Top Ten Tuesday Freebie: Top Ten Reasons Why I Love Audio Books

Top Ten Tuesday is hosted by the lovely folks over at The Broke And The Bookish.  Every week, bloggers share their own bookish top ten lists based on the topic of the week.  You can check out Ten Tuesdays here.

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Top Ten Reasons Why I Love Audio Books

It’s a freebie week, which means we get to pick the topic of our choice!  I listen to audio books very infrequently, but it’s also a format I really like so I thought I’d share my top ten reasons for why I love audio books!

  1. It makes my commute more tolerable.  I hate traffic, and even though I tend to go between music, podcasts and the occasional audio book, I find that my commute is somehow a little bit better when I’m absorbed in a book.
  2. It also makes my work-day go by faster!  When I actually listen at work, which I haven’t done in ages because all of a sudden, I had a hard time focusing on audio books.  Still, it’s a good option!
  3. Sometimes, a book doesn’t work in print, but it’s great as an audio book.  I had a hard time with the Parasol Protectorate series when I tried reading it, but I love the audio books.  And so far, I’m finding that I’m having an easier time with Daughter Of Smoke And Bone as an audio book than I did when I was reading it.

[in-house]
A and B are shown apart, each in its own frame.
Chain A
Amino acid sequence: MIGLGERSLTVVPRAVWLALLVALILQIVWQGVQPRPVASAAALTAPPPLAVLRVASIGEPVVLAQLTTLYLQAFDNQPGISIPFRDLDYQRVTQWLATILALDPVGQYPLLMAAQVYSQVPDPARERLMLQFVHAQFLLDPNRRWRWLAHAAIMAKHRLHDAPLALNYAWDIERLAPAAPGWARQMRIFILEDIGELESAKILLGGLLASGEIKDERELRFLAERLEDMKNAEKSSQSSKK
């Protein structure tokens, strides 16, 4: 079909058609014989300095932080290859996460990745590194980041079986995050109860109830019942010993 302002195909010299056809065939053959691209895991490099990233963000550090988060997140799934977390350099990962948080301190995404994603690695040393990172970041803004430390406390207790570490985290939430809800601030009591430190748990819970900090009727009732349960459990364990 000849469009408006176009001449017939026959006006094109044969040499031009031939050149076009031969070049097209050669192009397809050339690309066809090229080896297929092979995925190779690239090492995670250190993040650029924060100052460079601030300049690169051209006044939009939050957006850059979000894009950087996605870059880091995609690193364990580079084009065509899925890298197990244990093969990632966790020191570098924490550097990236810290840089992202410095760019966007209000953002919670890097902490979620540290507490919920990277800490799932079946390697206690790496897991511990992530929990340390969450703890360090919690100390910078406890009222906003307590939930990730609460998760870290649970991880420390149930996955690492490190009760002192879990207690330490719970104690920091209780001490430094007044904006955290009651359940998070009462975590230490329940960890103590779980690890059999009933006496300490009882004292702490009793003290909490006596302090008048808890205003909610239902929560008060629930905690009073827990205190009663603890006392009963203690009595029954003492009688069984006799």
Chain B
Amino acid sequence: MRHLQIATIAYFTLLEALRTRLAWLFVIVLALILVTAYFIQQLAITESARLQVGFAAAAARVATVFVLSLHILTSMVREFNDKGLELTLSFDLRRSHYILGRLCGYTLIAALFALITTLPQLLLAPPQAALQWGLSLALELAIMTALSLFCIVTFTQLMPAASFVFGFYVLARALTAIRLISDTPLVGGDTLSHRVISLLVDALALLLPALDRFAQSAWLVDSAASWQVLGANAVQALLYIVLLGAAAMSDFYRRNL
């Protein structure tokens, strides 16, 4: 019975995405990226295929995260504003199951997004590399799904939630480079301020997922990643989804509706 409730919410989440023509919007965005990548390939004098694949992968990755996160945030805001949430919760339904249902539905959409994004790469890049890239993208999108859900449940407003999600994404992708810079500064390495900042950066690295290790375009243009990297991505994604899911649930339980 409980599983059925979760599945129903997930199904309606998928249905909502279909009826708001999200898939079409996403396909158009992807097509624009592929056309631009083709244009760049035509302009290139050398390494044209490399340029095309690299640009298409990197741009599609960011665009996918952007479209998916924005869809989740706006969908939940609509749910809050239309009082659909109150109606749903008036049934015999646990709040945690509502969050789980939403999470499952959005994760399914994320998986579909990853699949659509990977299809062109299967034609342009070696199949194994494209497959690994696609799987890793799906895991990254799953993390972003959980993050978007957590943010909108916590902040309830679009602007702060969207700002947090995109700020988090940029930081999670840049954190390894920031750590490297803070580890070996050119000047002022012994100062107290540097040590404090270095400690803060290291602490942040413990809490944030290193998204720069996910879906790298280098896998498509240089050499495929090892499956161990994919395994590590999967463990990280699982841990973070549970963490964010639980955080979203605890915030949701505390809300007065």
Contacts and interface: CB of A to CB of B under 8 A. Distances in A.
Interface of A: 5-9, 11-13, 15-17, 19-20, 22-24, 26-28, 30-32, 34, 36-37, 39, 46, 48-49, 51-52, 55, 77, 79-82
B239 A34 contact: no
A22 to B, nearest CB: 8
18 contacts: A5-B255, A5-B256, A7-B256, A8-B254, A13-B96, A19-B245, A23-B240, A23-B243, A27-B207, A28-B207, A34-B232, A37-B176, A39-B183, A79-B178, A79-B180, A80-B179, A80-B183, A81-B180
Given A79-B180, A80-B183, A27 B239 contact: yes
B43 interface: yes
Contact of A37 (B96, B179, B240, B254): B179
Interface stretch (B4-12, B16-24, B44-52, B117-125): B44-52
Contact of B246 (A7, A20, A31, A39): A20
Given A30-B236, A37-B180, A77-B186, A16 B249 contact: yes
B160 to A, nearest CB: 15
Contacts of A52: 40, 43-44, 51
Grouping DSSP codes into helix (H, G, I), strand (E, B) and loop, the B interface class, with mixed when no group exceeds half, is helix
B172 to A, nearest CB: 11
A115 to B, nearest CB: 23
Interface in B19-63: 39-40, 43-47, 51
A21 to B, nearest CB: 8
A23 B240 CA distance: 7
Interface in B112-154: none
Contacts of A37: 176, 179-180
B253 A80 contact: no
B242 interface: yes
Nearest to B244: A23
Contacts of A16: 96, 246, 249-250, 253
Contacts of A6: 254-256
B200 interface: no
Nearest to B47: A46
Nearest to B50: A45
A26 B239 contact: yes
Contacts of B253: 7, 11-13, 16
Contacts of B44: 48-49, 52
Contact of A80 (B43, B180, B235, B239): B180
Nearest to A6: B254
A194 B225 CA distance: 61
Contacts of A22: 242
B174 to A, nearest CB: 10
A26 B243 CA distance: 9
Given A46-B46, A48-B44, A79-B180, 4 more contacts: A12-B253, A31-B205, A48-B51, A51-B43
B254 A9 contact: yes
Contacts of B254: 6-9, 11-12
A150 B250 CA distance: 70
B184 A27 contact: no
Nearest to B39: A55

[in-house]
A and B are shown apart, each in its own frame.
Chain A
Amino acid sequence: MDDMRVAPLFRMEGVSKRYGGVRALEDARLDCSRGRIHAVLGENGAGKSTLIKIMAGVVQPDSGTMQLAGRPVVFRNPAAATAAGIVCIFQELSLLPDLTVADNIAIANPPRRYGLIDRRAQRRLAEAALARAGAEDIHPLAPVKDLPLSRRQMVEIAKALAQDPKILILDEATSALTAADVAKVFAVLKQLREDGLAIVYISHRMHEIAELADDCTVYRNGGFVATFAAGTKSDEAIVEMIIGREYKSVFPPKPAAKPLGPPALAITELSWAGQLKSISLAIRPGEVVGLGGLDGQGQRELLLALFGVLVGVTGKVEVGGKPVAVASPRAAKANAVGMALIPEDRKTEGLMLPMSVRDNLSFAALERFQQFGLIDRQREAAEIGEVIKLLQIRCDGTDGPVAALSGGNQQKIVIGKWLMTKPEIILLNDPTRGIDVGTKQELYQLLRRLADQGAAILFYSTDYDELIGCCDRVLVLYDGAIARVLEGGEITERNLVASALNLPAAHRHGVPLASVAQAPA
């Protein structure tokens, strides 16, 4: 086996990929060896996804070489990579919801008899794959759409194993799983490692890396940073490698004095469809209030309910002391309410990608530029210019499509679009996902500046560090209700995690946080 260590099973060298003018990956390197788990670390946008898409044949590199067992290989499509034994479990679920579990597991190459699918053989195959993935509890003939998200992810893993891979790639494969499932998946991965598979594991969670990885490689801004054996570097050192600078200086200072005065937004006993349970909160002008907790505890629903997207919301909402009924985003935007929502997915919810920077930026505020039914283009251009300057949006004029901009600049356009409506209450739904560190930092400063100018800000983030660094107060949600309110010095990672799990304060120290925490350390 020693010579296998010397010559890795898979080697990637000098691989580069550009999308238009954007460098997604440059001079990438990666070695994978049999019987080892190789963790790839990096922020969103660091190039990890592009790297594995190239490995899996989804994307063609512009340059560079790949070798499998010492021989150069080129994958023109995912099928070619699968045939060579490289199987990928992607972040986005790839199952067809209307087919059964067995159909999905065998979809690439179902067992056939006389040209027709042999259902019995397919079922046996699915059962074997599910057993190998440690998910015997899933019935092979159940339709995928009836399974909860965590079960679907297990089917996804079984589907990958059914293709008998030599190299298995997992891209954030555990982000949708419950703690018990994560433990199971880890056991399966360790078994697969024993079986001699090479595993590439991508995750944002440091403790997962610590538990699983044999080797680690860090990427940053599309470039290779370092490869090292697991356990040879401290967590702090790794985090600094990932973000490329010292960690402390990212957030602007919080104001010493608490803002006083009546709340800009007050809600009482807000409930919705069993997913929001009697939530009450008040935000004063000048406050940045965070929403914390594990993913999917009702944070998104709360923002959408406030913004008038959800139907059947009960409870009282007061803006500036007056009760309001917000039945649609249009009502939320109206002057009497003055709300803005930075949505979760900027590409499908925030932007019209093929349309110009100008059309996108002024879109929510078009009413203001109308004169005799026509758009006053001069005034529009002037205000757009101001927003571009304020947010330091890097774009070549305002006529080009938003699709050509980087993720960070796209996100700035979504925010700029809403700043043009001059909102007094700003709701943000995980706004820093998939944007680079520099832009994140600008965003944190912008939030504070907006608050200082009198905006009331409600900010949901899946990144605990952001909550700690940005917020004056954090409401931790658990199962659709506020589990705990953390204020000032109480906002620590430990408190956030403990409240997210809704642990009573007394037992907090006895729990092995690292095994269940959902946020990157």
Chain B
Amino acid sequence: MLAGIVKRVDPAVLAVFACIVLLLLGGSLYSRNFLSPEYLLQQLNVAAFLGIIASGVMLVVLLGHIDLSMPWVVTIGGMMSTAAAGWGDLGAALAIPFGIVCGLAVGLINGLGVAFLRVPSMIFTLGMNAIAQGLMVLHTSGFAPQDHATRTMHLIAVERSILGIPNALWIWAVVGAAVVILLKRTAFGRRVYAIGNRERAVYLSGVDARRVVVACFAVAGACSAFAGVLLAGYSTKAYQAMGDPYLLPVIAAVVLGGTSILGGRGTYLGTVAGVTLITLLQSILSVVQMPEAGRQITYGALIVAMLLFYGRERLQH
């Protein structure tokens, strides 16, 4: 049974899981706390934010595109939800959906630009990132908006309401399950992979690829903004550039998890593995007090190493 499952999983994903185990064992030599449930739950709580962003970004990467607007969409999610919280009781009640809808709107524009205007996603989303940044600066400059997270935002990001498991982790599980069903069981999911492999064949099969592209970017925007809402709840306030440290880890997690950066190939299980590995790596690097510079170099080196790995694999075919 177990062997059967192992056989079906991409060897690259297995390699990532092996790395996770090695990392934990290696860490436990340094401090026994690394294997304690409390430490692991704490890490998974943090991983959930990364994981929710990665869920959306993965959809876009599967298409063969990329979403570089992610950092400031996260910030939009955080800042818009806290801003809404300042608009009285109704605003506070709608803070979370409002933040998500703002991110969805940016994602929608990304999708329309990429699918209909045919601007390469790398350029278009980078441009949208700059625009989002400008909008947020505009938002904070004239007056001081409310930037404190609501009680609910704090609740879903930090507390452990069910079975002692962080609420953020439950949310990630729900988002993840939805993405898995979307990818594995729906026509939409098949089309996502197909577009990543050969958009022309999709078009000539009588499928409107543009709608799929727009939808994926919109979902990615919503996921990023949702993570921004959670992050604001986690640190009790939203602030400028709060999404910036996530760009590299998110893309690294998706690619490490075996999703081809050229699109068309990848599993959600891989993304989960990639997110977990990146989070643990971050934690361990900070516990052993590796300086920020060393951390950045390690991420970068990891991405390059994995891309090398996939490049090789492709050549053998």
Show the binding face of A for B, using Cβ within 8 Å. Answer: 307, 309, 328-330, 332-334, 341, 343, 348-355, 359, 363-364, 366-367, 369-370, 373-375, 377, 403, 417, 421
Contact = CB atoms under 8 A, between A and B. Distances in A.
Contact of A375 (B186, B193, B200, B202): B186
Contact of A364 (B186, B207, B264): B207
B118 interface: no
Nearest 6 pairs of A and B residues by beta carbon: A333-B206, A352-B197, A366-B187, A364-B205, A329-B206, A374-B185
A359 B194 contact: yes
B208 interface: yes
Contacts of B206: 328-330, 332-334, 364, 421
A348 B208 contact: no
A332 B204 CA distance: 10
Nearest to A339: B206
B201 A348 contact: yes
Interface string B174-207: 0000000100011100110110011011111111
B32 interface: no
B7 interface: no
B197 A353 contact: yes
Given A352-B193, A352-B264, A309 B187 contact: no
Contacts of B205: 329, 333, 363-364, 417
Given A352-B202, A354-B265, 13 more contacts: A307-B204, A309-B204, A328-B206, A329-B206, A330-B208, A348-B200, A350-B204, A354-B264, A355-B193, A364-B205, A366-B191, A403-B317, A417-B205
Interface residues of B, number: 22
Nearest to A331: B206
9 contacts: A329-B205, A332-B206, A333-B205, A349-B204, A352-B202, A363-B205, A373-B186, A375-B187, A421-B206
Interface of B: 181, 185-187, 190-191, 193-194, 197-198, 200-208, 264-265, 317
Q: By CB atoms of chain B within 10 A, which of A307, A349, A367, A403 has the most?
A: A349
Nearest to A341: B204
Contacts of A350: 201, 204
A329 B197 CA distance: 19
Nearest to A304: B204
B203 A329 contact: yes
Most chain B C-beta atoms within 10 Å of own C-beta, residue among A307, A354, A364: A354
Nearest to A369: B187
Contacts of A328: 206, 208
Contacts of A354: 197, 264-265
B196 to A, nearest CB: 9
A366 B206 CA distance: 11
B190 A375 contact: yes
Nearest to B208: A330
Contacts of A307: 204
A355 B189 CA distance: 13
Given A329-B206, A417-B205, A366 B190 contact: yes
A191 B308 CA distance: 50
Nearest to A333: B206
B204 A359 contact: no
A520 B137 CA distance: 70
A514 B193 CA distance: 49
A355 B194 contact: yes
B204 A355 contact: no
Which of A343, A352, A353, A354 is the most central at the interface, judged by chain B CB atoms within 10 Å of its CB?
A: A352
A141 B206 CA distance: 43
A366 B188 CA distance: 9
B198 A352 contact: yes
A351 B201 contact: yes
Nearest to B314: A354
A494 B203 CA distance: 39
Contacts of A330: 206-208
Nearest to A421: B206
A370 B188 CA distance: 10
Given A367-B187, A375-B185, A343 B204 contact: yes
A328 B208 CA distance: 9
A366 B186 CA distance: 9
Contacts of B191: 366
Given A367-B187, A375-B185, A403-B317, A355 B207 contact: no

4. I like that I have options with where I can get audio books- there’s the library and audible (which I love) and audio book sync is also completely awesome.
  5. Also: cd’s are nice for when I just want to listen in my car, but at the same time, I love that I can put my audio books on my iPod for when I want to listen in multiple places.
  6. I’ve specifically gone for the audio book when it’s by a narrator I really like.  I loved Ariana Delawari’s narration of The Secret Sky, and that’s what made me switch to the audio book for The Wrath And The Dawn.  And I specifically gave Daughter Of Smoke And Bone another chance because it’s narrated by Khristine Hvam, who was the female narrator for both the Beautiful Creatures series and the Dangerous Creatures series.